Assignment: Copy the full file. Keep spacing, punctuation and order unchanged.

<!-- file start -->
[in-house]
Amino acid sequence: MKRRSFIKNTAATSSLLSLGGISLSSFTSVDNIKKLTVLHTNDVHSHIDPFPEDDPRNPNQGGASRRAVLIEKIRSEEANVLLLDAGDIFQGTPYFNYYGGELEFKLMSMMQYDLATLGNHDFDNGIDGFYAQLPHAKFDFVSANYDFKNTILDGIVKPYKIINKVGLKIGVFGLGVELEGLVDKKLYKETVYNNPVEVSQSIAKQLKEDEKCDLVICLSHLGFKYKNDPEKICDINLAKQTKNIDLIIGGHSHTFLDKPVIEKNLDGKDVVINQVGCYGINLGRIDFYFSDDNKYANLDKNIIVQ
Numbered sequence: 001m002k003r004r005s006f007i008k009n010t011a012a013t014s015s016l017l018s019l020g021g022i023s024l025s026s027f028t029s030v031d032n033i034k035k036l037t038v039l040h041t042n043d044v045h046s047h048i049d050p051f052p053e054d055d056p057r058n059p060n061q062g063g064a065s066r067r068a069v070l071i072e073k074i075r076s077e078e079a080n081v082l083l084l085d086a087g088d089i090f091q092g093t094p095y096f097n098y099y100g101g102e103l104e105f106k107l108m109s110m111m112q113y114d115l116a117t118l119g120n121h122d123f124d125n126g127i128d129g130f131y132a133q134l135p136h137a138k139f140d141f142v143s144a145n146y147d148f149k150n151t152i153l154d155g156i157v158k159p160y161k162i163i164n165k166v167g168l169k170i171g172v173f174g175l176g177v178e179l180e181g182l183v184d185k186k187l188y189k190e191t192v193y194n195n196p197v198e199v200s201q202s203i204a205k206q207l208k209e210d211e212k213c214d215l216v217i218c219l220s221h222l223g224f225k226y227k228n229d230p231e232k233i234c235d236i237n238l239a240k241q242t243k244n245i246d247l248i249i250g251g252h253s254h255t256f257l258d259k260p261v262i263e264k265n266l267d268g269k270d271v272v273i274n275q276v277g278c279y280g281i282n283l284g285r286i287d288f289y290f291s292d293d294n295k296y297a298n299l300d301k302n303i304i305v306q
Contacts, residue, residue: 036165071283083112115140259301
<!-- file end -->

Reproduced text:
[in-house]
Amino acid sequence: MKRRSFIKNTAATSSLLSLGGISLSSFTSVDNIKKLTVLHTNDVHSHIDPFPEDDPRNPNQGGASRRAVLIEKIRSEEANVLLLDAGDIFQGTPYFNYYGGELEFKLMSMMQYDLATLGNHDFDNGIDGFYAQLPHAKFDFVSANYDFKNTILDGIVKPYKIINKVGLKIGVFGLGVELEGLVDKKLYKETVYNNPVEVSQSIAKQLKEDEKCDLVICLSHLGFKYKNDPEKICDINLAKQTKNIDLIIGGHSHTFLDKPVIEKNLDGKDVVINQVGCYGINLGRIDFYFSDDNKYANLDKNIIVQ
Numbered sequence: 001m002k003r004r005s006f007i008k009n010t011a012a013t014s015s016l017l018s019l020g021g022i023s024l025s026s027f028t029s030v031d032n033i034k035k036l037t038v039l040h041t042n043d044v045h046s047h048i049d050p051f052p053e054d055d056p057r058n059p060n061q062g063g064a065s066r067r068a069v070l071i072e073k074i075r076s077e078e079a080n081v082l083l084l085d086a087g088d089i090f091q092g093t094p095y096f097n098y099y100g101g102e103l104e105f106k107l108m109s110m111m112q113y114d115l116a117t118l119g120n121h122d123f124d125n126g127i128d129g130f131y132a133q134l135p136h137a138k139f140d141f142v143s144a145n146y147d148f149k150n151t152i153l154d155g156i157v158k159p160y161k162i163i164n165k166v167g168l169k170i171g172v173f174g175l176g177v178e179l180e181g182l183v184d185k186k187l188y189k190e191t192v193y194n195n196p197v198e199v200s201q202s203i204a205k206q207l208k209e210d211e212k213c214d215l216v217i218c219l220s221h222l223g224f225k226y227k228n229d230p231e232k233i234c235d236i237n238l239a240k241q242t243k244n245i246d247l248i249i250g251g252h253s254h255t256f257l258d259k260p261v262i263e264k265n266l267d268g269k270d271v272v273i274n275q276v277g278c279y280g281i282n283l284g285r286i287d288f289y290f291s292d293d294n295k296y297a298n299l300d301k302n303i304i305v306q
Contacts, residue, residue: 036165071283083112115140259301